Numerica’s model also removes the problem of succession, providing long-serving partners with a short to medium term exit opportunity and enabling younger members of the industry to progress and be incentivised without the requirement for large capital contributions.
Numerica is an integrator of like-minded practices. I don’t believe in consolidation in a people business. If you buy disparate businesses and put them together, then there will be a whole raft of cultural issues to resolve. Instead, during the last 18 months, Numerica has integrated accountancy practices and other service providers with similar cultures and ethos with one sizeable firm as the lynchpin.
True integration can only be achieved by having a solid platform on which the business can be grown organically and by acquisition. Our strategy is to create a fully integrated, singly branded business services group by identifying and integrating leading regional independent firms and integrating them with our core. Our acquisition strategy must be implemented in a measured way so as the focus is on ensuring effective integration of the firms once acquired.
One of the biggest issues in growing a people business is how to address ego problems and turf wars. When I established Numerica, we sought out a strong cornerstone practice to act as a stabilising influence on the rest of the group. Levy Gee struck me as the right firm on which to build Numerica because it had already succeeded in developing itself as a business services group, providing accountancy and business solutions to clients.
I was also impressed by the entrepreneurial spirit of the firm, and the fact that in terms of organic growth, the practice was outshining some of its bigger rivals.
The firm, which won the 2001 Accountancy Age Award for the best medium-sized firm, also had the right platform from which to build the group including an excellent integrated financial reporting system as well as a very robust and scaleable IT platform. Numerica’s strategy of building a strong brand and integration have so far been key to developing a successful business. Listing on AIM has helped publicise the brand to a wider audience.
I believe becoming a public company has opened up opportunities for acquiring new businesses by providing greater access to capital and enabling the Numerica brand to be used as currency.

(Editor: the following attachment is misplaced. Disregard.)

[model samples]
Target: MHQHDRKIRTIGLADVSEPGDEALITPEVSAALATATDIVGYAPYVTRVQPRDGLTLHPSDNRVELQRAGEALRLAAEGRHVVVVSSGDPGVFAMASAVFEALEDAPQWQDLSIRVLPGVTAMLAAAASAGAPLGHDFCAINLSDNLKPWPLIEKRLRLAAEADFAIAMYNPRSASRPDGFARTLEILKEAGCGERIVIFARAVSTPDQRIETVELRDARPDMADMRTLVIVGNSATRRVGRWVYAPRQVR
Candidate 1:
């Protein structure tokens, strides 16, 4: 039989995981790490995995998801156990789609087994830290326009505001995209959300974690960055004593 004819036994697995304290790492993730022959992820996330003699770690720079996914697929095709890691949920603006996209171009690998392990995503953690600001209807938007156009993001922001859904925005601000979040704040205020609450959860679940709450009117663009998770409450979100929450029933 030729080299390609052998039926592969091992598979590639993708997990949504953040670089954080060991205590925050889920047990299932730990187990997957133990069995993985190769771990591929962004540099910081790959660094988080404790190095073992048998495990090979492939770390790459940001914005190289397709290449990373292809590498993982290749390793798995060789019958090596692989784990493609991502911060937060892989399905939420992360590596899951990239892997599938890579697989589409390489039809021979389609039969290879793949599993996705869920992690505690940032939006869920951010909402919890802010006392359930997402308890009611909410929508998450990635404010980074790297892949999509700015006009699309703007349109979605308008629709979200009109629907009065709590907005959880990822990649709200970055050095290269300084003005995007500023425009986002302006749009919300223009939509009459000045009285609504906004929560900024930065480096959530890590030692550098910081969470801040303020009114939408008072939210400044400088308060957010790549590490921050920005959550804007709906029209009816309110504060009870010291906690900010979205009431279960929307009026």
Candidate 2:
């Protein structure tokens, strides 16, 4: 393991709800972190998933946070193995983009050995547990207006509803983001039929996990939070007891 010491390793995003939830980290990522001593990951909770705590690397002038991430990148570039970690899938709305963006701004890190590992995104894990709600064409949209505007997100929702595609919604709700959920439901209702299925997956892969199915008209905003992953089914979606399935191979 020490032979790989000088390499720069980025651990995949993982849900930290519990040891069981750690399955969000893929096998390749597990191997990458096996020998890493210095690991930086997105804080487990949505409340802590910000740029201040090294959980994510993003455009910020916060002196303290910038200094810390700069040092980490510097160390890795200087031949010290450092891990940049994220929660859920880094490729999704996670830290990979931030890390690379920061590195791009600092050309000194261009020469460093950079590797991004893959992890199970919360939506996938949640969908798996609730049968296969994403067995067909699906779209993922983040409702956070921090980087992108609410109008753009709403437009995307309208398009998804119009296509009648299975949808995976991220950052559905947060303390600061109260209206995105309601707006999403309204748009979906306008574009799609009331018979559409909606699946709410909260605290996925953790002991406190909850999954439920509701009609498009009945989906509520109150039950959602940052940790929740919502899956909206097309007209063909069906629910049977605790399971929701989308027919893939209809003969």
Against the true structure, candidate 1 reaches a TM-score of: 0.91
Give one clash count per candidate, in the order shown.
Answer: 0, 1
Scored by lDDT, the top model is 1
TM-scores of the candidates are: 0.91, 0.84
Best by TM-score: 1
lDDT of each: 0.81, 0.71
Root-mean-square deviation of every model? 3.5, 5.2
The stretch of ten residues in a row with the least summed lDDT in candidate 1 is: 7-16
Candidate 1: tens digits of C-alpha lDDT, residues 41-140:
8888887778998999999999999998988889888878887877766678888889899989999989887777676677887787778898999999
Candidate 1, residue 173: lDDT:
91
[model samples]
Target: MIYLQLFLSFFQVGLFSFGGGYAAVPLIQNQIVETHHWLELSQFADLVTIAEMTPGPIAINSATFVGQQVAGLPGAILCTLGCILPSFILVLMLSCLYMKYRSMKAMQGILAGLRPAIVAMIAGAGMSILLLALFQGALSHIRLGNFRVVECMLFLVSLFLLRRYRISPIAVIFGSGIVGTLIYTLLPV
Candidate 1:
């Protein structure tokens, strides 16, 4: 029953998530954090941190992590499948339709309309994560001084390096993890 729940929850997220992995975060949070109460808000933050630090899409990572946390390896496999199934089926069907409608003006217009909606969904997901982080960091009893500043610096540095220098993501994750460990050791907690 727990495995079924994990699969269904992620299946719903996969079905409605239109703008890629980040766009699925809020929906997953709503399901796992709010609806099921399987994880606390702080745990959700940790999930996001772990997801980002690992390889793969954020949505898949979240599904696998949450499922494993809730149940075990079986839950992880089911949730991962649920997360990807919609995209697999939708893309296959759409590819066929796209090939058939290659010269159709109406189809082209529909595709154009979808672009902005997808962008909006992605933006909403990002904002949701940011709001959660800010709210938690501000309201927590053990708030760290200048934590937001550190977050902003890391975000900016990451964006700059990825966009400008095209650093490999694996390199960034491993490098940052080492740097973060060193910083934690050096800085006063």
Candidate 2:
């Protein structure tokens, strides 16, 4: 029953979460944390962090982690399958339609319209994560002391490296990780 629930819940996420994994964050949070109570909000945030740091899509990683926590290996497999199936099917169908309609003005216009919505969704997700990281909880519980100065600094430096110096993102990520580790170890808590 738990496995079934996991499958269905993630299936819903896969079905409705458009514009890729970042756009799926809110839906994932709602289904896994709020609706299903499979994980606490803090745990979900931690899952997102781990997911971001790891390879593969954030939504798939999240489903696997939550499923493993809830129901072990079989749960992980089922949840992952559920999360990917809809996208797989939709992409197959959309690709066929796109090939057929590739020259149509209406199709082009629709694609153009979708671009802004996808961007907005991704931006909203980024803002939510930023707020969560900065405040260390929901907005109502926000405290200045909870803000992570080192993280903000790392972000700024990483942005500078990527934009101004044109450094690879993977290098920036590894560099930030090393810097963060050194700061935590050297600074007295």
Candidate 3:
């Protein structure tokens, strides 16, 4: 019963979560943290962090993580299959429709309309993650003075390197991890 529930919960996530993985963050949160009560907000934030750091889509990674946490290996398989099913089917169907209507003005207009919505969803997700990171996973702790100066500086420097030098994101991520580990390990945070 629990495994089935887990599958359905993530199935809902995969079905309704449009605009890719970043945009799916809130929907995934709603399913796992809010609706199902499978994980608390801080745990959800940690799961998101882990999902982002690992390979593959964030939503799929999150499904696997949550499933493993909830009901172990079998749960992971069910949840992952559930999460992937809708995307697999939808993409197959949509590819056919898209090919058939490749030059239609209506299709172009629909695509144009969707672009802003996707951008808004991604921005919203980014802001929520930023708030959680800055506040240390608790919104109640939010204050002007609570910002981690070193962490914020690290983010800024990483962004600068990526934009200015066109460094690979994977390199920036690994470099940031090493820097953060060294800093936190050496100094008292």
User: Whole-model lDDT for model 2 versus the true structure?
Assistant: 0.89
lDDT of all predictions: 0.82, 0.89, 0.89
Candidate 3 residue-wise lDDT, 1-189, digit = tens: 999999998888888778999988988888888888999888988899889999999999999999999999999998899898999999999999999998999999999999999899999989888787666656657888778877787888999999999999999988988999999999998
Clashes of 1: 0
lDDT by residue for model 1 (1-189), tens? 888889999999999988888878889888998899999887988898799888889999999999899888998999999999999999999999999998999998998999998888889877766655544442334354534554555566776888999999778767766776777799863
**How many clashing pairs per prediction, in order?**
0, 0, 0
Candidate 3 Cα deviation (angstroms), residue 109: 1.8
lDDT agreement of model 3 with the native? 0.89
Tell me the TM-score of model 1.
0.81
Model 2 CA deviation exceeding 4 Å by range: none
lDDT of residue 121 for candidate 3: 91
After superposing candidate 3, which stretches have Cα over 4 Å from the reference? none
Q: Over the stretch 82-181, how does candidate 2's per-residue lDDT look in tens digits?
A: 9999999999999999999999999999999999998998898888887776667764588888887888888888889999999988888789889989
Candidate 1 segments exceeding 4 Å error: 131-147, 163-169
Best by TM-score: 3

This has also helped to attract high performing, ambitious recruits within Numerica – people who want to be part of a successful team.
Organic growth is equal to if not more important than acquisitive growth and the building of a powerful brand together with the critical mass we have gained through our acquisition programme has enabled the individual components of our group to generate more assignments and expand the range of services we can offer our clients.
Listing on AIM and meeting strict disclosure requirements for public companies has prompted the development of more efficient systems. By centralising our head office in London, staff whose jobs previously involved administration have become free to concentrate on revenue-earning activities. In addition, the group runs a small number of large regional offices instead of operating a web of bases, enabling it to simplify lines of communication.
Numerica’s structure now has a clearly defined team responsible for the management and strategy of the group, enabling former partners to concentrate on servicing the group’s client base as well as the generation of new business.
I am confident that through successful integration we can achieve our medium-term goal to be a refreshing alternative to the Big Four for the mid-corporate market.
- Tony Sarin, chief executive of the Numerica Group plc.